Red Bull owner Dietrich Mateschitz 'positive' on Ferrari F1 talks

Red Bull owner Dietrich Mateschitz has confirmed "positive and encouraging" talks have been held with Ferrari regarding a Formula 1 engine supply from next season

Red Bull owner Dietrich Mateschitz 'positive' on Ferrari F1 talks

Red Bull is to split with long-time supplier Renault at the end of the year despite a season still remaining on the contract between the two companies.

Mateschitz has confirmed Mercedes was his preferred option as supplier as it has done "an outstanding job".

He added: "To get Mercedes powertrains was the priority of Milton Keynes, but we were turned down by one person [Daimler CEO Dieter Zetsche]."

That leaves Ferrari as Red Bull's only option for 2016, and Mateschitz says talks - being handled by his company's motorsport advisor Helmut Marko - are "positive and encouraging".

"How Ferrari has improved since winter testing, when they were on level with us is astonishing, is almost incredible," he added.

"But if Ferrari at this stage is not capable of winning the championship with
[Sebastian] Vettel, we would not be either.

"But with Ferrari powertrains it would be possible for us to start from the second or third row on the grid and finish on the podium."

Mateschitz said the decision to split with Renault was made via "mutual consent" with Renault CEO Carlos Ghosn as "to become fifth or sixth in the world championship cannot be [Red Bull's] target".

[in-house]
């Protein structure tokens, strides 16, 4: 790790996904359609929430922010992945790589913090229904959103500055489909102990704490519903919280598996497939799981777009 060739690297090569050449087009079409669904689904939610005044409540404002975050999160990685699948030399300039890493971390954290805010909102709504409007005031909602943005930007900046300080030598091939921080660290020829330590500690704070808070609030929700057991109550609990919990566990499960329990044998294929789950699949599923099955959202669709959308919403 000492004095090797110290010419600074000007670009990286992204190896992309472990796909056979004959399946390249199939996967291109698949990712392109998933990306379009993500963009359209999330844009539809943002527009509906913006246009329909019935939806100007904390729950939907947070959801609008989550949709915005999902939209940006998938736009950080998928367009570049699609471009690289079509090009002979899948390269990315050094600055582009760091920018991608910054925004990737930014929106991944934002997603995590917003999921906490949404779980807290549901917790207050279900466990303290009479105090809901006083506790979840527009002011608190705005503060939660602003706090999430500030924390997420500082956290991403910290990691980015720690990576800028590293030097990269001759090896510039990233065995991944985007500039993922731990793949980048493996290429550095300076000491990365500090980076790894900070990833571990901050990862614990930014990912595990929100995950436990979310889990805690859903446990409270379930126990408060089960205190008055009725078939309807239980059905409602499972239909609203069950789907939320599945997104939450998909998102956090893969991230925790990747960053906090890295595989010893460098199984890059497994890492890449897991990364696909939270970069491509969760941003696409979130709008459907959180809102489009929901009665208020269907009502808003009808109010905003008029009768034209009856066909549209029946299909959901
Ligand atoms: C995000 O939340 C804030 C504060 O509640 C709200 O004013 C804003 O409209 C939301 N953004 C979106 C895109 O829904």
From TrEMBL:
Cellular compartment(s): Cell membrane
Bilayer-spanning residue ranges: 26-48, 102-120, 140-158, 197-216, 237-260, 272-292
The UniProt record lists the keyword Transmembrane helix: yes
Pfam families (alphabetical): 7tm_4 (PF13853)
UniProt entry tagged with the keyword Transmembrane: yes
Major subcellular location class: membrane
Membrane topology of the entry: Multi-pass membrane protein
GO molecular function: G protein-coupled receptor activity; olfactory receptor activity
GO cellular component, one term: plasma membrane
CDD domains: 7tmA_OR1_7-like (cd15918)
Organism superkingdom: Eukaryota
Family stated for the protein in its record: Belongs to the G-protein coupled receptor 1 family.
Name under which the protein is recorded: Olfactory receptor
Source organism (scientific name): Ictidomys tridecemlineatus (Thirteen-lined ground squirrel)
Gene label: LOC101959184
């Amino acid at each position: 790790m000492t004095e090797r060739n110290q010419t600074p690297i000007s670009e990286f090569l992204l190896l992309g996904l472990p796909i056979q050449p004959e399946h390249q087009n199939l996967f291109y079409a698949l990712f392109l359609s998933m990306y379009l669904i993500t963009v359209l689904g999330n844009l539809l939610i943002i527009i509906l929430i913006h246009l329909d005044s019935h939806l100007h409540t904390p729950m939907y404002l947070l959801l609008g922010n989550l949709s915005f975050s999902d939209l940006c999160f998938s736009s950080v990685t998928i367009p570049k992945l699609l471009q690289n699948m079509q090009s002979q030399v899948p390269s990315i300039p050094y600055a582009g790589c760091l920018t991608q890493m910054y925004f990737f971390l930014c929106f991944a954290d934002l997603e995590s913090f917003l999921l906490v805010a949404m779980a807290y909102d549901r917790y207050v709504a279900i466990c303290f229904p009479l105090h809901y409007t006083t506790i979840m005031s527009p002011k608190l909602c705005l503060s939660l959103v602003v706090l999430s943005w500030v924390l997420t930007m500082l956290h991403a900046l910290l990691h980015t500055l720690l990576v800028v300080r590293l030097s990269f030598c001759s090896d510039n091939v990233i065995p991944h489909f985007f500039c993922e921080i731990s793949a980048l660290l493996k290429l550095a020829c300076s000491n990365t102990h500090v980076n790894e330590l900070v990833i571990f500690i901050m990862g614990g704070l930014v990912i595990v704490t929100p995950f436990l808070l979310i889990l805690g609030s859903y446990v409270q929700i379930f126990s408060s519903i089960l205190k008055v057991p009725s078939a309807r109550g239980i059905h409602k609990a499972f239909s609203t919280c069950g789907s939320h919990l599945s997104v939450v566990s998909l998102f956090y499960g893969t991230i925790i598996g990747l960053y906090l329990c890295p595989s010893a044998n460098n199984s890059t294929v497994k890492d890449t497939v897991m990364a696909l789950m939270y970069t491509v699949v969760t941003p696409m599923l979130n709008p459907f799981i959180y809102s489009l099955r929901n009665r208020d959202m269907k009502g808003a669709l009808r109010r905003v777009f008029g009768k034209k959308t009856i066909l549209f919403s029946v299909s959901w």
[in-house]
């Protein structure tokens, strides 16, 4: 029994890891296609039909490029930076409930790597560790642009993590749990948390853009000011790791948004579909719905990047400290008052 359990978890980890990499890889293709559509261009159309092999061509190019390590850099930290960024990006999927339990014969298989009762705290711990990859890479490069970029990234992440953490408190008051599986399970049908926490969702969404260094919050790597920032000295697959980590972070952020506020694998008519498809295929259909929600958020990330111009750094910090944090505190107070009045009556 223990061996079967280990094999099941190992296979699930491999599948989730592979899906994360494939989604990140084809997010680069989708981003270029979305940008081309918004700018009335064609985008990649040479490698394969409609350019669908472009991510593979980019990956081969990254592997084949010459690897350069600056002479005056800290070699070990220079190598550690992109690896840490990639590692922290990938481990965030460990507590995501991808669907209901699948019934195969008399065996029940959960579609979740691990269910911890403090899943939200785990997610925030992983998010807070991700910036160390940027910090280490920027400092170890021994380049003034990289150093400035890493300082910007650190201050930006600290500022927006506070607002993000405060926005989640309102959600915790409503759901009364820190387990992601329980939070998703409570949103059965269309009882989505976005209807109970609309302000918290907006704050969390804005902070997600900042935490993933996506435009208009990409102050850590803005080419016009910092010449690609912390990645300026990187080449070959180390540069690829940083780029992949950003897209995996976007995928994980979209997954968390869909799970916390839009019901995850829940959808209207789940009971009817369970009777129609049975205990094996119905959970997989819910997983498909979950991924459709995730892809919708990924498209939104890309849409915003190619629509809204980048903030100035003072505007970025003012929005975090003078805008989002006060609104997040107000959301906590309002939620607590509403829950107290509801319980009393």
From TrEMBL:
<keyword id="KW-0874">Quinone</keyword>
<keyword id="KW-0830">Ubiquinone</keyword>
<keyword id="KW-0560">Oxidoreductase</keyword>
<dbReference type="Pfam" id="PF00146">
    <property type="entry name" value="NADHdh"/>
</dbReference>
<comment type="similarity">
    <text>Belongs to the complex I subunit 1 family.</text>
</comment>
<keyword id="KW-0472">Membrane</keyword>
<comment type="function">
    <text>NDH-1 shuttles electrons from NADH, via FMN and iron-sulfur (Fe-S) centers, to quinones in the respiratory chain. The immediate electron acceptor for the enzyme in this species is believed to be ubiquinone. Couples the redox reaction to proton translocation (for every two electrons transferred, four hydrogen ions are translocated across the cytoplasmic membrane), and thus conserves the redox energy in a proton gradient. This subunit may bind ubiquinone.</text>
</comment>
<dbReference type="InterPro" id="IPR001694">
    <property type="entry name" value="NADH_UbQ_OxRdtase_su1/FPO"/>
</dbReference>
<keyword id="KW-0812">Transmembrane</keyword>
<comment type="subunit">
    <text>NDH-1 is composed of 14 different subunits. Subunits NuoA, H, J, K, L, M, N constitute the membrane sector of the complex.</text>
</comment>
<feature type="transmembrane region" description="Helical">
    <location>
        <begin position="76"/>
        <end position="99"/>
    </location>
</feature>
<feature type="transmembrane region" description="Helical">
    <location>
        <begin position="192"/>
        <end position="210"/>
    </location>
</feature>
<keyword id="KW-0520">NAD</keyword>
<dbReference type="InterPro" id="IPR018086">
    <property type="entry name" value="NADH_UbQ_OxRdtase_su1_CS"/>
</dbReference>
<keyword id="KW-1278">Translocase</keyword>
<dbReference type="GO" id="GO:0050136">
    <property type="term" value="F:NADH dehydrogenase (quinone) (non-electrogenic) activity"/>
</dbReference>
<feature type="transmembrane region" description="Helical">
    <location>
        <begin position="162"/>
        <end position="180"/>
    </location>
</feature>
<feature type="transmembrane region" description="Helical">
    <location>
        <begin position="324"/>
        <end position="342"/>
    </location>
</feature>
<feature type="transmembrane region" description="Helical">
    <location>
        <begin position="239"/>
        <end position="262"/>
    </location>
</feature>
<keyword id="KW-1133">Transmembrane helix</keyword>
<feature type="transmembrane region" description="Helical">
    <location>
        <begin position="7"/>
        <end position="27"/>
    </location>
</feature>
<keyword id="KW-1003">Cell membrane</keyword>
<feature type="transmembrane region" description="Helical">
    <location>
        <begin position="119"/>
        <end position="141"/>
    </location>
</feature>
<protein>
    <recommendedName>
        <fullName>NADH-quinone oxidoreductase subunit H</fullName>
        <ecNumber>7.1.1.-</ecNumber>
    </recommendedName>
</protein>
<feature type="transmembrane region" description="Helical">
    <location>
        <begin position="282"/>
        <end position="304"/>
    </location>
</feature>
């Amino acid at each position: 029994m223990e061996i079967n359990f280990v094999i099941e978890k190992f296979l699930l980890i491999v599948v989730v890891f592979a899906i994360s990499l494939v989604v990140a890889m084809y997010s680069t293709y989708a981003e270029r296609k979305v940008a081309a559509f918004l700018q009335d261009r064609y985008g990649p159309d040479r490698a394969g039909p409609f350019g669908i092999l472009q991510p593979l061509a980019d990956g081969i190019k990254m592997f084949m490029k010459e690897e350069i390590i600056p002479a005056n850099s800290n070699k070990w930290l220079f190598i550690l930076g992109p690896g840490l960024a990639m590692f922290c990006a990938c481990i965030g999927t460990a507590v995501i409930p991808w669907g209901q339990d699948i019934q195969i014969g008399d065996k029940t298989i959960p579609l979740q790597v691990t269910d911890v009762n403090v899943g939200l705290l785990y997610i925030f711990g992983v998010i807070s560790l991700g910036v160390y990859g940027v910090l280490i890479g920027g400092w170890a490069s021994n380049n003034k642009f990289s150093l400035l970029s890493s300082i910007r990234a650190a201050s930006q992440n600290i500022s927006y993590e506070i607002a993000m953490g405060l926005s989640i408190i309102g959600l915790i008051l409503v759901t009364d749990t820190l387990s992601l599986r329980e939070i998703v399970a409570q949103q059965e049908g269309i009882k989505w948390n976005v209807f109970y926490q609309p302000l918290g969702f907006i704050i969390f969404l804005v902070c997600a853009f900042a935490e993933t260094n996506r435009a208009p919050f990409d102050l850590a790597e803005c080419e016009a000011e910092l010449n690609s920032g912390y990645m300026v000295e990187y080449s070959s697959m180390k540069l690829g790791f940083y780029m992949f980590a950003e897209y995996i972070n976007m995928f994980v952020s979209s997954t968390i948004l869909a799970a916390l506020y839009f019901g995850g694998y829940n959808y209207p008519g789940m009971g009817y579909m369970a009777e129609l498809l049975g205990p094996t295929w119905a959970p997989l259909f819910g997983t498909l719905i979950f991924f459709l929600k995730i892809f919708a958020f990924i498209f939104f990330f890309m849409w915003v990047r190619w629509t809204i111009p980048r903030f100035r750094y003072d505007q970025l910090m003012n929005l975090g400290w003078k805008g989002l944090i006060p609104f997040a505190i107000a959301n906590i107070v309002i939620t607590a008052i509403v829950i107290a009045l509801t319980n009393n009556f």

He added: "We agreed to terminate the contract [by the end of the season] several weeks ago."

He indicated for Red Bull to extricate itself from the deal with Renault, in return title sponsor Infiniti has been released from its contract with the team.

With sister team Toro Rosso also no longer taking Renault engines, Mateschitz said: "You cannot harm the two teams any more than what has happened".

The 71-year-old has also confirmed it was planned to badge a Mercedes engine as Aston Martin given Daimler has a five per cent stake in the British luxury car maker.

That side of negotiations ended, however, as the financial commitment was too great for Aston Martin.

While Red Bull continues to claim it is prepared to quit F1 if it does not land a competitive power unit, Mateschitz insists the workforces at both Red Bull and Toro Rosso would keep their jobs.

"We would do something else and have the people work on this," he said.

VW NOT A SHORT TERM OPTION

Red Bull continues to be linked with the Volkswagen Group, however, a tie-up in F1 would not be possible for 2016.

Addressing the rumour, team principal Christian Horner said: "It's very interesting to see the speculation about the VW/Audi group.

"It's great they are showing interest in Formula 1, but anything beyond that is purely speculation.

"For any manufacturer to start from scratch and to build a competitive engine you are talking two to three years.

"So if they come in the long term it's potentially an exciting prospect, but it doesn't solve today's problem."

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